What We Want Left Behind in 2015

With a year where gay marriage was federally legalized in the United States, has been legalized in countries like Ireland with a long history of extremely conservative ideals and where strides have been taken to abolish intolerance and misinformation, 2015 holds good memories. It’s also past, and with it, there are stereotypes, biases and myths we’d like to see stay in the past.

Homosexuality is Unnatural


It’s an argument that some people still make, ignoring the fact that same sex behavior and gender role fluidity is prevalent in the animal kingdom. Humans aren’t the only living beings to have homosexual relationships; every culture in the world and a huge variety of animals (such as primates, zebras and elephants) have homosexual relationships.


Transgender People Hate Their Bodies


Gender dysphoria doesn’t translate into “I hate my body.” The real stress comes when a person’s physical sex does not match their presented gender and they’re unable to reconcile the differences by presenting as they wish. Not all transgender people want surgical reassignment or hormone therapy. It’s an individual choice made on an individual basis.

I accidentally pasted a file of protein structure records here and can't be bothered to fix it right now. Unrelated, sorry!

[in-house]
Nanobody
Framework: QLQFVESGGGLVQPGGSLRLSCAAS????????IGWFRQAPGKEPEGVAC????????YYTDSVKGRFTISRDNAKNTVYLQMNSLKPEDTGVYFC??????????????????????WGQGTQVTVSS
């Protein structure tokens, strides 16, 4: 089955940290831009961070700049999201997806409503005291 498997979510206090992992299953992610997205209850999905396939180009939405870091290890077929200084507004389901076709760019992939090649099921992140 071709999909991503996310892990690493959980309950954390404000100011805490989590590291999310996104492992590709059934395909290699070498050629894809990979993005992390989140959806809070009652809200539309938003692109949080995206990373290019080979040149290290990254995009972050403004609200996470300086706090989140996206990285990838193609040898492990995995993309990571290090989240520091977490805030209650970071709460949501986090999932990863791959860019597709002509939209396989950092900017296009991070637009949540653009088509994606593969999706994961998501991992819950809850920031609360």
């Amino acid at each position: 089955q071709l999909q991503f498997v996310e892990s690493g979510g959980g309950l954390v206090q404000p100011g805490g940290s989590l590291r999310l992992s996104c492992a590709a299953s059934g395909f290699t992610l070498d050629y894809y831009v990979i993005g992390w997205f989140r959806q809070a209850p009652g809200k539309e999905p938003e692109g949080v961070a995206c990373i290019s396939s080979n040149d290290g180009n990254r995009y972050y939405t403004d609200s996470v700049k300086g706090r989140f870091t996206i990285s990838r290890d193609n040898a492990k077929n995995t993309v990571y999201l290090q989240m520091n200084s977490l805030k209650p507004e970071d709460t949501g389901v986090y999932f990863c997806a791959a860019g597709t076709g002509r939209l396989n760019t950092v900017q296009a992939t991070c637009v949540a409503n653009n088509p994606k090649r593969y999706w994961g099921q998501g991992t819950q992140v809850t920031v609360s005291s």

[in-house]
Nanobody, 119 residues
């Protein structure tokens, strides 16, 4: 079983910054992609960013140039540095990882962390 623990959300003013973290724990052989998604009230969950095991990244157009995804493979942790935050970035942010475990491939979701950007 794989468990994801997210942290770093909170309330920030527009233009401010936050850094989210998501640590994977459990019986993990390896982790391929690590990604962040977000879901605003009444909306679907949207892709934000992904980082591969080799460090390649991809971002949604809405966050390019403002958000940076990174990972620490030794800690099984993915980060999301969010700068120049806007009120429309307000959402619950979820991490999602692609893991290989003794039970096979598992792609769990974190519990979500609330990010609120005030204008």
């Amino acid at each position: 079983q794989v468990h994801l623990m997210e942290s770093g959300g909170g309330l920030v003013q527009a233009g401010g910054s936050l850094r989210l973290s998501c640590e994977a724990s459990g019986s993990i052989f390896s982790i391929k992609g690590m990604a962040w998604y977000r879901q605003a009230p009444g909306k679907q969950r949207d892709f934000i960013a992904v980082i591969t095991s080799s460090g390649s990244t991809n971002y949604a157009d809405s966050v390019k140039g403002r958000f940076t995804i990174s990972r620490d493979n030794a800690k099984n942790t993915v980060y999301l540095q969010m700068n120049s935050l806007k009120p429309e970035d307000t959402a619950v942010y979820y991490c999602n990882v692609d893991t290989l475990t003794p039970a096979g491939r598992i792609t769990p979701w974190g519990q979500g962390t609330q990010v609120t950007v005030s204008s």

Bisexual People are Promiscuous


One of the misconceptions that appears is bisexuality is just an excuse to engage in sexual activity as often as possible, with as many people as possible. Just as every other sexual orientation, bisexuality is just that: an orientation. There are bisexual individuals who prefer multiple partners, a single partner or no partner. Just as being gay does not make someone interested in fashion, being bisexual does not make someone promiscuous.


You Can Get HIV from Being Around HIV-Positive People


A myth that’s been surprisingly persistent over the years is the idea of contracting HIV from associating with HIV-positive individuals. Due to the nature of the virus itself, this is impossible unless you’re engaging in sexual activity, drug sharing or breast milk produced by an HIV-positive mother. HIV cannot be contracted through touch, tears, saliva or sweat.